Entertainment » Theatre

The Dreams of Antigone

by Christopher Verleger
EDGE Media Network Contributor
Sunday Sep 28, 2008
Rachel Warren in "The Dreams of Antigone"
Rachel Warren in "The Dreams of Antigone"  (Source: Mark Turek)

Trinity Rep launched its 45th season last week with a new play from Artistic Director Curt Columbus, The Dreams of Antigone, adapted from Sophocles' "Antigone," a classic tale of war, family honor and martyrdom.

Written more than two millennia ago, the character and legend of Antigone, the quintessential political activist, still resonate today. As the troubled, unruly daughter of Oedipus (Joe Wilson, Jr.), Antigone (Rachael Warren) defies her uncle, King Creon (Fred Sullivan, Jr.), and pays the ultimate price to ensure her deceased brother, Polyneices (Aaron Rossini), is properly buried. Polyneices was held responsible for starting a civil war after his brother, Eteocles (Mauro Hantman), refused to share control of Thebes, per their late father's orders. After both brothers die by each other's sword, Creon leaves Polyneices' traitorous corpse on display to rot and threatens to punish anyone who thinks otherwise. Much to the chagrin of her sister, Ismene (Angela Brazil), and her lover (and Creon's son), Haemon (Stephen Thorne), Antigone returns to the battlefield, covers her brother in ashes and unapologetically admits to her unlawful activity.

Antigone's story is stirring and undeniably compelling. In Columbus' retelling, she is a shameless drunk from a wealthy family of royalty who helplessly and continuously grieves for her father. The dialogue is remarkably simple, yet mostly profound and engrossing. While the author maintains the work's philosophical and emotional essence with an impressive running time of less than ninety minutes, some of the narrative sequences feel pretentious, albeit in the tradition of classic theater.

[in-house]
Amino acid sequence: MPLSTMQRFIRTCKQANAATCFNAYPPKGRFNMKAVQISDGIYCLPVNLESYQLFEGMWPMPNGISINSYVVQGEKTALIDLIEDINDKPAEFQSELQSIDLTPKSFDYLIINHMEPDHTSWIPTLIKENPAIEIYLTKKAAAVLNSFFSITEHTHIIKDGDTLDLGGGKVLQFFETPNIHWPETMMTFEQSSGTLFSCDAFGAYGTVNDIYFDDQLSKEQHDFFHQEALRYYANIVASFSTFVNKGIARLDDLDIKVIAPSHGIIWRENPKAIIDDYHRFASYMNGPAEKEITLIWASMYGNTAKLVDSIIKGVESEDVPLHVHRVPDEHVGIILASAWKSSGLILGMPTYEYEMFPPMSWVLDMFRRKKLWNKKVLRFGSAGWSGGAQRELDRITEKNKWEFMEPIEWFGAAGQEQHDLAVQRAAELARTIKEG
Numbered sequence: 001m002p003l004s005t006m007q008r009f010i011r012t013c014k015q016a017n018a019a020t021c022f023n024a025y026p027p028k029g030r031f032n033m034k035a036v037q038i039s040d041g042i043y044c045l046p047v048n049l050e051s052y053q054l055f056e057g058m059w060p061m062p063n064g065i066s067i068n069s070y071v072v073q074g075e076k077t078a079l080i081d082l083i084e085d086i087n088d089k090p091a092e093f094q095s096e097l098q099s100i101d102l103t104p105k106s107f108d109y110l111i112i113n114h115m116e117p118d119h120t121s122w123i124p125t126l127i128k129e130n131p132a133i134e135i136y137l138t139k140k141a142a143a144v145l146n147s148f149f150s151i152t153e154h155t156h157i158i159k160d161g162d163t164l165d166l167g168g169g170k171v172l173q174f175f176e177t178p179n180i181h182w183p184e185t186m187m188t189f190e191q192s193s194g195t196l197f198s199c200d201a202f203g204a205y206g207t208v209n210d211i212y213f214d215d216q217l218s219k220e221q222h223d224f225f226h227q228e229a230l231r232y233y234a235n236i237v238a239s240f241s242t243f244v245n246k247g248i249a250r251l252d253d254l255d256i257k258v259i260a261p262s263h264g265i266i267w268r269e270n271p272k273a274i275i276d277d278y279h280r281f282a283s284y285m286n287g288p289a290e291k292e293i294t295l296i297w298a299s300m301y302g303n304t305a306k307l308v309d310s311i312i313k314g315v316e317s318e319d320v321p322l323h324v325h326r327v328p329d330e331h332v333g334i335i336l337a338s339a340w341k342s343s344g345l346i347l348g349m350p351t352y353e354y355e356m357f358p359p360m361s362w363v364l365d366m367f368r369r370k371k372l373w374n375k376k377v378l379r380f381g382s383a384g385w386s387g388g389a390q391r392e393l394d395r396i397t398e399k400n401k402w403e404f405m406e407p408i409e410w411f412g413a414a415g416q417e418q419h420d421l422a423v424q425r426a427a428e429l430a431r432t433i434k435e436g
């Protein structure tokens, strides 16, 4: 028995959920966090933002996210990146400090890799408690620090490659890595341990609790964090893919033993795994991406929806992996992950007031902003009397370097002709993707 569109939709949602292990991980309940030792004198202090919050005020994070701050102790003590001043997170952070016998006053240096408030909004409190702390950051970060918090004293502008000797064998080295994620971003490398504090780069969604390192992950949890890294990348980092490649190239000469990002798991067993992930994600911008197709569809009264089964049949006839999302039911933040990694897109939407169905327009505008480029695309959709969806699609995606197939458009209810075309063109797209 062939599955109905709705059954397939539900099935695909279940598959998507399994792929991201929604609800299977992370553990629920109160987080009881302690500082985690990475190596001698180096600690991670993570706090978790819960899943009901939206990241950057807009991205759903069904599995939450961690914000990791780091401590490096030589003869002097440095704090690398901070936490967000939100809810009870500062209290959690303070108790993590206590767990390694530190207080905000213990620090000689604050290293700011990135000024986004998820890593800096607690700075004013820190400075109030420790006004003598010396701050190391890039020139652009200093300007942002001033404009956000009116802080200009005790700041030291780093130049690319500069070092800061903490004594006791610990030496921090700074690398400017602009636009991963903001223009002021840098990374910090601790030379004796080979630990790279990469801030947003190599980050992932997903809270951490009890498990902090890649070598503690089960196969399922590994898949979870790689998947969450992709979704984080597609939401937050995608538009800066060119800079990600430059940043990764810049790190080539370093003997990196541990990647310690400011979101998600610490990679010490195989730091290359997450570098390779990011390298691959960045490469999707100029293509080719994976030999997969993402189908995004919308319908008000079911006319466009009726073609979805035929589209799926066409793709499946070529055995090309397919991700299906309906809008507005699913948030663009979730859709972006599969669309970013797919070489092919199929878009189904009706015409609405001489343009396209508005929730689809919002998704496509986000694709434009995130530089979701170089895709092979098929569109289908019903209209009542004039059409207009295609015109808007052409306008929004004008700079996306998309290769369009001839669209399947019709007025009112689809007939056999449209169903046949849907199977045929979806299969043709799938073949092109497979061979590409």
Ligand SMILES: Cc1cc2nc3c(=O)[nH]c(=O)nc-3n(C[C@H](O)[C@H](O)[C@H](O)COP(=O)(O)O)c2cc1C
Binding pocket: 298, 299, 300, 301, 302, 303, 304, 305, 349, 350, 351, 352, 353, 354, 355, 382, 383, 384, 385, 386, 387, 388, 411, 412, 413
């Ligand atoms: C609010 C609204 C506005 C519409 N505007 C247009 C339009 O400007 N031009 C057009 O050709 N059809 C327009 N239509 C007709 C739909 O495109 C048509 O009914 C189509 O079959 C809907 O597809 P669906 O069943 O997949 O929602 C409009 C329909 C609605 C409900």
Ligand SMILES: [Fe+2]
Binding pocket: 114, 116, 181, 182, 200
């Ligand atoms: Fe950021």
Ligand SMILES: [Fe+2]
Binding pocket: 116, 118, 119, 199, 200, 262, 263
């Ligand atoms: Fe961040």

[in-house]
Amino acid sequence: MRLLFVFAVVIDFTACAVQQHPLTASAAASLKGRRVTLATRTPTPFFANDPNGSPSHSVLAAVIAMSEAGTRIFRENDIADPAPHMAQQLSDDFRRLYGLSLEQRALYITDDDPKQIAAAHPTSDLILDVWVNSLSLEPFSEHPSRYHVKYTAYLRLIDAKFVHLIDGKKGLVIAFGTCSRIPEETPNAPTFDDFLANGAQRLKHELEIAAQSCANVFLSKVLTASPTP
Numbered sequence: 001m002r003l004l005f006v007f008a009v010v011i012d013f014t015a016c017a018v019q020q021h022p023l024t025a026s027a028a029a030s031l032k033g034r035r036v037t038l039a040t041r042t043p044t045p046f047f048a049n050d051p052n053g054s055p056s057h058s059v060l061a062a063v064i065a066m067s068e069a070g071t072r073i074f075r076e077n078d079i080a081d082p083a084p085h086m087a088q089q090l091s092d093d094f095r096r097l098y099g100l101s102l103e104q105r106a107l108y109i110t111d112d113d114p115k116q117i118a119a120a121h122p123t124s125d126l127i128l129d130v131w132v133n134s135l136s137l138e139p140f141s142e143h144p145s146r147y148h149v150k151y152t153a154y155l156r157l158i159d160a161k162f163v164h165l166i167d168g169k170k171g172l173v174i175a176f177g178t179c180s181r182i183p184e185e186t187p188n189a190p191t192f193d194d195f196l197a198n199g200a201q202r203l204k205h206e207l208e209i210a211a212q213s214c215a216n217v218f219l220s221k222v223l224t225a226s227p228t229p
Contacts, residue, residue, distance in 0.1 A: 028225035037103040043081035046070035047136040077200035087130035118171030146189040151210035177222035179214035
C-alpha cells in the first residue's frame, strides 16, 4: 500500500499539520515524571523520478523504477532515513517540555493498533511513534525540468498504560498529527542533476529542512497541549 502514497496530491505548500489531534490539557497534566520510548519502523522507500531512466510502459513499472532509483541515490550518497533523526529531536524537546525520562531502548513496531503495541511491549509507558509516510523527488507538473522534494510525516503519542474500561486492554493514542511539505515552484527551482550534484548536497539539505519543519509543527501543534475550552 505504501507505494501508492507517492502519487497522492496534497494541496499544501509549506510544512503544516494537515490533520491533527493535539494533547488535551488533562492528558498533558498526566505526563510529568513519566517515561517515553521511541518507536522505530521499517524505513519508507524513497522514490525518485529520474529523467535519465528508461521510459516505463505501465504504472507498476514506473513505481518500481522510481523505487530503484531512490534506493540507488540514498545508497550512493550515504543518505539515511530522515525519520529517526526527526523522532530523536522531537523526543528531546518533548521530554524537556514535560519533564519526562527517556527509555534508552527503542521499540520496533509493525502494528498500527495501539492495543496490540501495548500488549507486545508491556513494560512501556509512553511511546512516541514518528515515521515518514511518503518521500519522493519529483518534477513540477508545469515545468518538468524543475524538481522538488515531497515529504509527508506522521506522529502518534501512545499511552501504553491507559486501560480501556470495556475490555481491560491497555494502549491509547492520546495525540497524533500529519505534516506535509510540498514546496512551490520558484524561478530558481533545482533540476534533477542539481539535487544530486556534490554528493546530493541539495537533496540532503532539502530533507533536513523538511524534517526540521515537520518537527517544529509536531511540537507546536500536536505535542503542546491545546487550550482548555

The stage chemistry of the entire acting ensemble is impressive and a testament to director Brian McEleney. Sullivan delivers a masterful performance as the resident patriarch, and Thorne is equally forceful portraying his tormented son. Rossini makes an impressive debut performance, Brazil's madness endlessly commands audience attention and Warren, in the title role, beautifully conveys the heroine's strength and vulnerability. An honorable mention belongs to Janice Duclos as Meletia, Antigone's maidservant and surrogate mother, who speaks some of the shows most powerful lines.

Although this play is easily translatable to any stage, designer Tristan Jeffers effectively strews the platform with random materials that convey a haunting, unfinished work-in-progress, still under construction--much like Antigone's legacy.

"The Dreams of Antigone" runs through October 26 at Trinity Repertory Company, 201 Washington Street, Providence. For schedule, ticket prices and more information, visit www.trinityrep.com.

Chris Verleger is an avid reader, aspiring novelist and self-professed theater geek from Providence. Email cwverleger1971@yahoo.com.


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